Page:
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System Administration Guide: Security Services     Oracle Solaris 10 1/13 Information Library
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Document Information


Part I Security Overview

1.  Security Services (Overview)

Part II System, File, and Device Security

2.  Managing Machine Security (Overview)

3.  Controlling Access to Systems (Tasks)

4.  Controlling Access to Devices (Tasks)

5.  Using the Basic Audit Reporting Tool (Tasks)

6.  Controlling Access to Files (Tasks)

7.  Using the Automated Security Enhancement Tool (Tasks)

Part III Roles, Rights Profiles, and Privileges

8.  Using Roles and Privileges (Overview)

9.  Using Role-Based Access Control (Tasks)

10.  Role-Based Access Control (Reference)

11.  Privileges (Tasks)

12.  Privileges (Reference)

Administrative Commands for Handling Privileges

Files With Privilege Information

Privileges and Auditing

Prevention of Privilege Escalation

Legacy Applications and the Privilege Model

Part IV Cryptographic Services

13.  Oracle Solaris Cryptographic Framework (Overview)

14.  Oracle Solaris Cryptographic Framework (Tasks)

15.  Oracle Solaris Key Management Framework

Part V Authentication Services and Secure Communication

16.  Using Authentication Services (Tasks)

17.  Using PAM

18.  Using SASL

19.  Using Secure Shell (Tasks)

20.  Secure Shell (Reference)

Part VI Kerberos Service

21.  Introduction to the Kerberos Service

22.  Planning for the Kerberos Service

23.  Configuring the Kerberos Service (Tasks)

24.  Kerberos Error Messages and Troubleshooting

25.  Administering Kerberos Principals and Policies (Tasks)

26.  Using Kerberos Applications (Tasks)

27.  The Kerberos Service (Reference)

Part VII Auditing in Oracle Solaris

28.  Oracle Solaris Auditing (Overview)

29.  Planning for Oracle Solaris Auditing

30.  Managing Oracle Solaris Auditing (Tasks)

31.  Oracle Solaris Auditing (Reference)



Prevention of Privilege Escalation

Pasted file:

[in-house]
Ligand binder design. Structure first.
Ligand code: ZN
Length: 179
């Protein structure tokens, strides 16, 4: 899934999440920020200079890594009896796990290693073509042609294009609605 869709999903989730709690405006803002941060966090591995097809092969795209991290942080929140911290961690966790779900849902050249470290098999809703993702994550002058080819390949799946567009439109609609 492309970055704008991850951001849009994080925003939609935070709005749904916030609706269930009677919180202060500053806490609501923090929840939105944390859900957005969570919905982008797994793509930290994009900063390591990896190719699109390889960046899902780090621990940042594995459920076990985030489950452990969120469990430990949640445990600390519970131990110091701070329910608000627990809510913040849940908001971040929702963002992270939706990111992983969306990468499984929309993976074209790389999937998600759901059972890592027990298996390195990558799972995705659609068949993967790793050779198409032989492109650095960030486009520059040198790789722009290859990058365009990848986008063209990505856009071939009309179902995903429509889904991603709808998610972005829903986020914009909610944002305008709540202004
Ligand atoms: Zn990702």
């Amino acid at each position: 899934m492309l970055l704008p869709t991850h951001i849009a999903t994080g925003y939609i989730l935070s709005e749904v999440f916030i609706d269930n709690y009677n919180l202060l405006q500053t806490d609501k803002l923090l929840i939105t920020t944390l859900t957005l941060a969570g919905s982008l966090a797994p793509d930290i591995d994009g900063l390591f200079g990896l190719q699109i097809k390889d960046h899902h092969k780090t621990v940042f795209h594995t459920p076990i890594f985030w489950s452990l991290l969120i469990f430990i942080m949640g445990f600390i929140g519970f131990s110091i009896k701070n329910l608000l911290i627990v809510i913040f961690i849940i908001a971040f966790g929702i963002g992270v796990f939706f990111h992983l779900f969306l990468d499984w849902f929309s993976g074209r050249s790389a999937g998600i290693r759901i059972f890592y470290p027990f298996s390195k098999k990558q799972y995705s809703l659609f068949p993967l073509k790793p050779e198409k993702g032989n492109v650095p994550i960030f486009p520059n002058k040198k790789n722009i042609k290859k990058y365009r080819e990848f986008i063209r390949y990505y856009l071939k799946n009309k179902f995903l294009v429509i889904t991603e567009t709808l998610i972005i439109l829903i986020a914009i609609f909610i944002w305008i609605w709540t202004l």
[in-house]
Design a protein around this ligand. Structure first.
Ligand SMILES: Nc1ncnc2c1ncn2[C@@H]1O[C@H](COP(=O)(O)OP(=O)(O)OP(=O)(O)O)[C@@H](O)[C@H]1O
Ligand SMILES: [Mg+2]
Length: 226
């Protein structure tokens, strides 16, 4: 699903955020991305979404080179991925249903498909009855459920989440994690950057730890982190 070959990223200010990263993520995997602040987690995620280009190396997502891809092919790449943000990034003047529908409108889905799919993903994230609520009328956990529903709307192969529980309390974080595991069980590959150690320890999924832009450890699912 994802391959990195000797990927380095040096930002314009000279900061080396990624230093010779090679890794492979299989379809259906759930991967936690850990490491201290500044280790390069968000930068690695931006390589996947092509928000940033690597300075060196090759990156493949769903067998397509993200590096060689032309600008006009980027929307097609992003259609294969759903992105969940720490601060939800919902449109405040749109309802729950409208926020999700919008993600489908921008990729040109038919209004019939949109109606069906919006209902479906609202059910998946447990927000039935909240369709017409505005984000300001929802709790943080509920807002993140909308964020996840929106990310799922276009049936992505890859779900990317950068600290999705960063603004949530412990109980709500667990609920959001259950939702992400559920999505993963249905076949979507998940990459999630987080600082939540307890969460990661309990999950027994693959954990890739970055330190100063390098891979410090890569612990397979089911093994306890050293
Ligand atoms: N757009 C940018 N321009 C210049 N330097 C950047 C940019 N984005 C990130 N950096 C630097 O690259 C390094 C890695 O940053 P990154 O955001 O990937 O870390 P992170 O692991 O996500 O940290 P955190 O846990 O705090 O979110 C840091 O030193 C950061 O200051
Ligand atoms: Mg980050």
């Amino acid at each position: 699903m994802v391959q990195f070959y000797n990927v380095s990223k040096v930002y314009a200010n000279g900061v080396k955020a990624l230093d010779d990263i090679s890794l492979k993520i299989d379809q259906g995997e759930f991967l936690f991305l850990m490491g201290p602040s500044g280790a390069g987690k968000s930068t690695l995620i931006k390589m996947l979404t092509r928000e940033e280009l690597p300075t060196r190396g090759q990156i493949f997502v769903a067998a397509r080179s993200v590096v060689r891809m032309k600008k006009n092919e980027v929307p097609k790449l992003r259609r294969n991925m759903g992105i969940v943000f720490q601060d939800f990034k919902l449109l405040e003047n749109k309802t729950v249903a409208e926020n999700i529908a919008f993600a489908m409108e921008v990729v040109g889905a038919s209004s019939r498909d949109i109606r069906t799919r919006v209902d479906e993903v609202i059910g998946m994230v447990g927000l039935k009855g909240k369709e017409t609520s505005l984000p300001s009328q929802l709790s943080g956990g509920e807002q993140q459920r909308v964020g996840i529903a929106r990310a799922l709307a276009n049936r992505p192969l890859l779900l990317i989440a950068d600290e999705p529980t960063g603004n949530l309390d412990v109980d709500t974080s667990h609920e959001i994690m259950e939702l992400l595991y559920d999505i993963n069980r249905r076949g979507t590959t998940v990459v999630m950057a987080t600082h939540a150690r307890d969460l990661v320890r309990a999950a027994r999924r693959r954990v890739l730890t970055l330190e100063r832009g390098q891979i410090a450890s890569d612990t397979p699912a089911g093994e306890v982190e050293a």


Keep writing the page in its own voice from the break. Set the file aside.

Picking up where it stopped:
The Oracle Solaris kernel prevents privilege escalation. Privilege escalation is when a privilege enables a process to do more than the process should be able to do. To prevent a process from gaining more privileges than the process should have, vulnerable system modifications require the full set of privileges. For example, a file or process that is owned by root (UID=0) can only be changed by a process with the full set of privileges. The root account does not require privileges to change a file that root owns. However, a non-root user must have all privileges in order to change a file that is owned by root.

Similarly, operations that provide access to devices require all privileges in the effective set.

The file_chown_self and proc_owner privileges are subject to privilege escalation. The file_chown_self privilege allows a process to give away its files. The proc_owner privilege allows a process to inspect processes that the process does not own.

The file_chown_self privilege is limited by the rstchown system variable. When the rstchown variable is set to zero, the file_chown_self privilege is removed from the initial inheritable set of the system and of all users. For more information on the rstchown system variable, see the chown(1) man page.

The file_chown_self privilege is most safely assigned to a particular command, placed in a profile, and assigned to a role for use in a profile shell.

The proc_owner privilege is not sufficient to switch a process UID to 0. To switch a process from any UID to UID=0 requires all privileges. Because the proc_owner privilege gives unrestricted read access to all files on the system, the privilege is most safely assigned to a particular command, placed in a profile, and assigned to a role for use in a profile shell.


Caution - A user's account can be modified to include the file_chown_self privilege or the proc_owner privilege in the user's initial inheritable set. You should have overriding security reasons for placing such powerful privileges in the inheritable set of privileges for any user, role, or system.

For details of how privilege escalation is prevented for devices, see Privileges and Devices.